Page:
Students reverse the social polarity of scrounging with candelabra and white linen at the Beggars’ Banquet of 1969.
I just read with interest “The Origin of the Scrounge.” I would like to add a few comments. I was a scrounger during the 1969–70 school year. I reluctantly became a scrounger because I’d spent my year’s school money on a motorcycle. I never heard it referred to as “the scrounge.” It was simply “scrounging” and I was a “scrounger.” Once my initial hesitation had passed, I discovered that it was the best way to enjoy a meal in Reed’s fine cafeteria. The trick was to develop a fan base. These were mostly women, because they tended to eat less. Each one would bring me one component of the meal, which they took but did not wish to eat—a vegetable, potatoes, main course, and dessert. I never had to touch half-eaten food. In fact, I ate better than those with meal tickets because I got to try everything.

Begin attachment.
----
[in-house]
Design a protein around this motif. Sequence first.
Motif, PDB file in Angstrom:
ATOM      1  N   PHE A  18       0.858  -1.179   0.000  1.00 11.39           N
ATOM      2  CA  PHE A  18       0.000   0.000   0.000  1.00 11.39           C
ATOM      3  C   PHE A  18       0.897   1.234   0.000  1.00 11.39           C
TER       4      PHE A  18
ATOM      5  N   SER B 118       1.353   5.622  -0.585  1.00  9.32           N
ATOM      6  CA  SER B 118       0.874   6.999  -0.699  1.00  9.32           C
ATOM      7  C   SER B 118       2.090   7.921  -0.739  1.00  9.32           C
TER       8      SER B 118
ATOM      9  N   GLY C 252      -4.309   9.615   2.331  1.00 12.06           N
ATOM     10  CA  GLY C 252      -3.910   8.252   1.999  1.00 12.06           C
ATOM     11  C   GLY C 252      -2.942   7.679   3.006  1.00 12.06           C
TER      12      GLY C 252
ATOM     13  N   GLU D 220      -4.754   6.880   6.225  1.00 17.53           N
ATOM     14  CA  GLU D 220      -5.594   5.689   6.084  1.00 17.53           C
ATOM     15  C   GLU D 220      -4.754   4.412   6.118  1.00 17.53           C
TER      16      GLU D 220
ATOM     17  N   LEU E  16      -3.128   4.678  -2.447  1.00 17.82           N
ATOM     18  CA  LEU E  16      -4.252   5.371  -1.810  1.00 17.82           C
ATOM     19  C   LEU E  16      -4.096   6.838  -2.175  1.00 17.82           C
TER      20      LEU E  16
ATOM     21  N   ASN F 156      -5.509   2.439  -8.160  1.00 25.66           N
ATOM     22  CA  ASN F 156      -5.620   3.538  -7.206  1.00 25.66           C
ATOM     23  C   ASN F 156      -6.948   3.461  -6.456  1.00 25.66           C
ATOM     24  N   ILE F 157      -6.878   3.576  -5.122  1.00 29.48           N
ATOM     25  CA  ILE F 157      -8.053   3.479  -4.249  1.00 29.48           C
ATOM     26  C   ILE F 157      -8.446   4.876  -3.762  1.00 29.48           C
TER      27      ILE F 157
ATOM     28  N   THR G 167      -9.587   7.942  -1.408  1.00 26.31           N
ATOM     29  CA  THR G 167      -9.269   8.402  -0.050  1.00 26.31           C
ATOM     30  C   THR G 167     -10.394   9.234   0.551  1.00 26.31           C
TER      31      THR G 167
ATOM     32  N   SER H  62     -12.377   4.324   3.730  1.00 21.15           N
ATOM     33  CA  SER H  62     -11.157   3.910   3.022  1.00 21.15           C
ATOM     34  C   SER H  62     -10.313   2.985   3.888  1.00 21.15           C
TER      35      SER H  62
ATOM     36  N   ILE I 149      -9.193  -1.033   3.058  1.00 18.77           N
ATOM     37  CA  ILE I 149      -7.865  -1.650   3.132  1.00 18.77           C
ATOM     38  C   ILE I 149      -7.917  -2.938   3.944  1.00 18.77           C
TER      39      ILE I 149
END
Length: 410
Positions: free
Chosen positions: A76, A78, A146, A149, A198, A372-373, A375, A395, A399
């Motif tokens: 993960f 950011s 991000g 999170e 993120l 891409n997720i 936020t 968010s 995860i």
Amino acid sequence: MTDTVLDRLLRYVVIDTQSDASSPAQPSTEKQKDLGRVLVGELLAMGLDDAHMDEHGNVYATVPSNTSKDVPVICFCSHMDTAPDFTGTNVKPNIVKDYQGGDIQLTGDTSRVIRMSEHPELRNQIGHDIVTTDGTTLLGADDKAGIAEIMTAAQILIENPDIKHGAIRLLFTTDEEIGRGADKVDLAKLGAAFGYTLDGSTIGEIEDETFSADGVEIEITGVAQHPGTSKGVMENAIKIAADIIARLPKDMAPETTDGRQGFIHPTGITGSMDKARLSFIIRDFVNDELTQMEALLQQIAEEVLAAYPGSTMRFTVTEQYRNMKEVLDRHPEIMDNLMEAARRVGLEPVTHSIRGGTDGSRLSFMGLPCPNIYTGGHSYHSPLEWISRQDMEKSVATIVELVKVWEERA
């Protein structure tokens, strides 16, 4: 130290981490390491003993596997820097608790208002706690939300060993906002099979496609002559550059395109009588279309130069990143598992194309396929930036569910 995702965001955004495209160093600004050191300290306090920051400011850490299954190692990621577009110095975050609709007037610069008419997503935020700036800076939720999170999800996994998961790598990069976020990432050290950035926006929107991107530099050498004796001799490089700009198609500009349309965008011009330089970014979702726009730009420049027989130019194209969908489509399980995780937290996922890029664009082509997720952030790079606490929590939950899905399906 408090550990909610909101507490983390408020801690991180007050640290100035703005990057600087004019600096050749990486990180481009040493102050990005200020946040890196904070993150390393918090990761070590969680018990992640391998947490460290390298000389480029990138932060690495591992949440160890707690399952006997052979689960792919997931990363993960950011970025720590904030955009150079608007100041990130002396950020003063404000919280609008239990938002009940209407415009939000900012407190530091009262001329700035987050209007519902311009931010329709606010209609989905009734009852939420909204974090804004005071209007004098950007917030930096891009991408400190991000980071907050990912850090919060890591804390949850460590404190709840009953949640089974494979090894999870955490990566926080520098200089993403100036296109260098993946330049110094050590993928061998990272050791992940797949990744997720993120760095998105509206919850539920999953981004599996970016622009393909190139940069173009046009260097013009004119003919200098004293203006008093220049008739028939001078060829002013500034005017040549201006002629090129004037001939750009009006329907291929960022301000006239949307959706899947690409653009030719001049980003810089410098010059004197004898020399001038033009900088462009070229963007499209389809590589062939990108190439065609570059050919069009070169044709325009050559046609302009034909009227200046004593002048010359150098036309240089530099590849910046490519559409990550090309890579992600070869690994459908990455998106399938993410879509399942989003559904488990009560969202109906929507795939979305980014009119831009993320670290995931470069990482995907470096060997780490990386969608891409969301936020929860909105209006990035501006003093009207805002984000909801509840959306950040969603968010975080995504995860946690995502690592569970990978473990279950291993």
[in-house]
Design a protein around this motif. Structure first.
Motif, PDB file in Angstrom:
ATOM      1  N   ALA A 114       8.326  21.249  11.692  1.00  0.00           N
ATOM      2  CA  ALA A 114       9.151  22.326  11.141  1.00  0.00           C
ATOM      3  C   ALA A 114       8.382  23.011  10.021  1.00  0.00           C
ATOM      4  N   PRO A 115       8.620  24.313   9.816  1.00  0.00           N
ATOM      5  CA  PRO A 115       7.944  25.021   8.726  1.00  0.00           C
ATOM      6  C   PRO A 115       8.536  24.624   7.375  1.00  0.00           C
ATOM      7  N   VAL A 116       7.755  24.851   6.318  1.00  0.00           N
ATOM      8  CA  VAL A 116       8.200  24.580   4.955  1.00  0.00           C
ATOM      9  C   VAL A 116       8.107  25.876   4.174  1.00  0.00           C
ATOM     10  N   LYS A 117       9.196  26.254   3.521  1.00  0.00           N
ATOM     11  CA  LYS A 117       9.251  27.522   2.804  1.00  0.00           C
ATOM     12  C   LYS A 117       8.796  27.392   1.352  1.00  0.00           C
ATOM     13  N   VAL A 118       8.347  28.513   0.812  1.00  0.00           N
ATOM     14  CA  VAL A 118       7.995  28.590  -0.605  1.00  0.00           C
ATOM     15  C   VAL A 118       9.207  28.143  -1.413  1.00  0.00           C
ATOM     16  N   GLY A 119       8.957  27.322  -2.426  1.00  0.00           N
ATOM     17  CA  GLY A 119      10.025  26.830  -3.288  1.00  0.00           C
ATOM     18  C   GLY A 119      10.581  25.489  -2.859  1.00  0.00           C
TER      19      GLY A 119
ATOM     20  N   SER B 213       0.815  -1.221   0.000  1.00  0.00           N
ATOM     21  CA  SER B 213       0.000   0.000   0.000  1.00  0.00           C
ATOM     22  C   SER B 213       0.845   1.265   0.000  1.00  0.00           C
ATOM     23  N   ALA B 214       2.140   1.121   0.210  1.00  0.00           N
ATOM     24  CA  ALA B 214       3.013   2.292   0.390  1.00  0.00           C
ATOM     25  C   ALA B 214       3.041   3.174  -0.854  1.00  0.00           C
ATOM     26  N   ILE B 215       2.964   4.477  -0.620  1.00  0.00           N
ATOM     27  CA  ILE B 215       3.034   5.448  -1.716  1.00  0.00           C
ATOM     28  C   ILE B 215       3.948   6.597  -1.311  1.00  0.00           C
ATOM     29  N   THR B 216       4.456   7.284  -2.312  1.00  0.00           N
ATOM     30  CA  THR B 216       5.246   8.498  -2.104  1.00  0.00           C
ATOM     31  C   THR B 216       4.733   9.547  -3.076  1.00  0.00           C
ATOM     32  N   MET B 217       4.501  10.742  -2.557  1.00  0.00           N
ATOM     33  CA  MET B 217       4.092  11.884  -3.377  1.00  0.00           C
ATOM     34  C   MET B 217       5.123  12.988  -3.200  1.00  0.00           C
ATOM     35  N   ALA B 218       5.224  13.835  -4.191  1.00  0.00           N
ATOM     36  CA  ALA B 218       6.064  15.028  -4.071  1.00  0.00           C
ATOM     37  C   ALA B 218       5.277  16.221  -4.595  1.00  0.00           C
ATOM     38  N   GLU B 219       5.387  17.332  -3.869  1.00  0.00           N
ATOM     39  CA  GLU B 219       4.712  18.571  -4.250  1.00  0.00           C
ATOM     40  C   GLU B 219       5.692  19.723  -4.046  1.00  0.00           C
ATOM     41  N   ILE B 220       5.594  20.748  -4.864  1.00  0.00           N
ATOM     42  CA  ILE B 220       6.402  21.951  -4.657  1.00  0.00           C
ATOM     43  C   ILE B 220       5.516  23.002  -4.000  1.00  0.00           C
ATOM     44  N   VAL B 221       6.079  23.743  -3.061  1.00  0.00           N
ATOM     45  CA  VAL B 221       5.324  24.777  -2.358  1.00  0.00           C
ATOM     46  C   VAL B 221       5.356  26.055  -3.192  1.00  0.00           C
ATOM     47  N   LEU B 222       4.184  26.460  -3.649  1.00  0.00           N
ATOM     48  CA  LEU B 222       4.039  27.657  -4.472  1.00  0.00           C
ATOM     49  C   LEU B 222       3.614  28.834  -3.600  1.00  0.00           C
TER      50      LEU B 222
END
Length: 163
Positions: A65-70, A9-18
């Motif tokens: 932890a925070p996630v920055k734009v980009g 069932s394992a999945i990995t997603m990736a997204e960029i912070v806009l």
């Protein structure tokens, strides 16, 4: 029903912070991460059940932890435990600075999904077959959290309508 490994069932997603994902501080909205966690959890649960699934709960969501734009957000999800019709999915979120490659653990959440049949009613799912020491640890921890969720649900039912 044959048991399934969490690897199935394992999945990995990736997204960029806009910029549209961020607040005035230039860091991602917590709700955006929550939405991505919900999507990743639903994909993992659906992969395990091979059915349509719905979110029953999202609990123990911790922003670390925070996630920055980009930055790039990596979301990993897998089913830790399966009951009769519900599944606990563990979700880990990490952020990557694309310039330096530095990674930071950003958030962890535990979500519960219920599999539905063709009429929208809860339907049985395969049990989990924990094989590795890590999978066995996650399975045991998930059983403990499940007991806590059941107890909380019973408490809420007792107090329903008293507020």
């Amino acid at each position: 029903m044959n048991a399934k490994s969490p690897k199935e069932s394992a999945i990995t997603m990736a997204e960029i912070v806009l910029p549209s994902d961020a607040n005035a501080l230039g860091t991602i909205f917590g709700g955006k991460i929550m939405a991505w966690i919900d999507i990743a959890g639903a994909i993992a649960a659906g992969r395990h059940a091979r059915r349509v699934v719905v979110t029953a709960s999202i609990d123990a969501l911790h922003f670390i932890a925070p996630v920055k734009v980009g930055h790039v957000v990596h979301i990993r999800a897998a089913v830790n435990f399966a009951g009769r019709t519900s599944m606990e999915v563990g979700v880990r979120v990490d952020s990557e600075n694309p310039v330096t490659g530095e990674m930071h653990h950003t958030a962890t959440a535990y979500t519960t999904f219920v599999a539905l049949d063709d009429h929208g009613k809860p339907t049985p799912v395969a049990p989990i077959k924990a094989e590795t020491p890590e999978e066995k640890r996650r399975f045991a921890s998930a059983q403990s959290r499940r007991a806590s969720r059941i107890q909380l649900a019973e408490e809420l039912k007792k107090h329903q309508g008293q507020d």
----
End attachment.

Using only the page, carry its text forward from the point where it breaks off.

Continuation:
At the time, there were between two and six scroungers. Toward the end of the school year, the number grew to about a dozen. There were two other things I remember about scrounging—we enjoyed the meals because we didn’t take them too seriously, and we all shared. No one went hungry. Also, we were very respectful of the kitchen crew and often helped them clean up. They returned this courtesy. On November 7, 1969, the kitchen crew set a table with white linen and candelabras in the middle of the dining hall. We found old tuxedos from the Goodwill shop and were served by the kitchen crew, who scrounged the food for us! It was called the Beggars’ Banquet, and, if you find the picture in your archives, I’m the second guy on the right.